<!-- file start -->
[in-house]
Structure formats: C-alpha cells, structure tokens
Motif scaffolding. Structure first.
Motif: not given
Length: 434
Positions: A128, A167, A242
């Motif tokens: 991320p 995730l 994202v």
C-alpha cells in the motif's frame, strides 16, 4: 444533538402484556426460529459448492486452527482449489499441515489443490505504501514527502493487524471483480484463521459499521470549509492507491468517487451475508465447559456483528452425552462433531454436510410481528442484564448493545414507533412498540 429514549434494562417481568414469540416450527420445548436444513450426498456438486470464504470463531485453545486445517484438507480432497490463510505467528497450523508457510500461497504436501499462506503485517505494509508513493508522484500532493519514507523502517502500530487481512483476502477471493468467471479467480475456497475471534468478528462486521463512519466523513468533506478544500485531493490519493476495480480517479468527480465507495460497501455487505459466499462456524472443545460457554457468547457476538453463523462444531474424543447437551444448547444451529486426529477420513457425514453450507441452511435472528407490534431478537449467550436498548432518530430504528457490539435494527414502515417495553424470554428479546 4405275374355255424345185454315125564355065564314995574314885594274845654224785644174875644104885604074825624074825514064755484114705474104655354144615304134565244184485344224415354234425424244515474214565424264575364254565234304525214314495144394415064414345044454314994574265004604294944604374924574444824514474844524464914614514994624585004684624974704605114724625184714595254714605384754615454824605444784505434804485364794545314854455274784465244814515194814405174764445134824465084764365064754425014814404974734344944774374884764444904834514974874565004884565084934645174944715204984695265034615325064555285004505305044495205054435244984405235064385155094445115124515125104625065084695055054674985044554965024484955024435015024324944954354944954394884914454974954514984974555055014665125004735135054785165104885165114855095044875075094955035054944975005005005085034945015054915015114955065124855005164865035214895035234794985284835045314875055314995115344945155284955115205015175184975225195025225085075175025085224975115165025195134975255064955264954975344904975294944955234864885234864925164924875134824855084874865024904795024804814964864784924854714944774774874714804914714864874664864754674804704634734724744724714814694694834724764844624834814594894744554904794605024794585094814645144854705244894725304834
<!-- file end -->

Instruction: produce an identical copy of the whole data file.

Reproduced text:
[in-house]
Structure formats: C-alpha cells, structure tokens
Motif scaffolding. Structure first.
Motif: not given
Length: 434
Positions: A128, A167, A242
């Motif tokens: 991320p 995730l 994202v």
C-alpha cells in the motif's frame, strides 16, 4: 444533538402484556426460529459448492486452527482449489499441515489443490505504501514527502493487524471483480484463521459499521470549509492507491468517487451475508465447559456483528452425552462433531454436510410481528442484564448493545414507533412498540 429514549434494562417481568414469540416450527420445548436444513450426498456438486470464504470463531485453545486445517484438507480432497490463510505467528497450523508457510500461497504436501499462506503485517505494509508513493508522484500532493519514507523502517502500530487481512483476502477471493468467471479467480475456497475471534468478528462486521463512519466523513468533506478544500485531493490519493476495480480517479468527480465507495460497501455487505459466499462456524472443545460457554457468547457476538453463523462444531474424543447437551444448547444451529486426529477420513457425514453450507441452511435472528407490534431478537449467550436498548432518530430504528457490539435494527414502515417495553424470554428479546 4405275374355255424345185454315125564355065564314995574314885594274845654224785644174875644104885604074825624074825514064755484114705474104655354144615304134565244184485344224415354234425424244515474214565424264575364254565234304525214314495144394415064414345044454314994574265004604294944604374924574444824514474844524464914614514994624585004684624974704605114724625184714595254714605384754615454824605444784505434804485364794545314854455274784465244814515194814405174764445134824465084764365064754425014814404974734344944774374884764444904834514974874565004884565084934645174944715204984695265034615325064555285004505305044495205054435244984405235064385155094445115124515125104625065084695055054674985044554965024484955024435015024324944954354944954394884914454974954514984974555055014665125004735135054785165104885165114855095044875075094955035054944975005005005085034945015054915015114955065124855005164865035214895035234794985284835045314875055314995115344945155284955115205015175184975225195025225085075175025085224975115165025195134975255064955264954975344904975294944955234864885234864925164924875134824855084874865024904795024804814964864784924854714944774774874714804914714864874664864754674804704634734724744724714814694694834724764844624834814594894744554904794605024794585094814645144854705244894725304834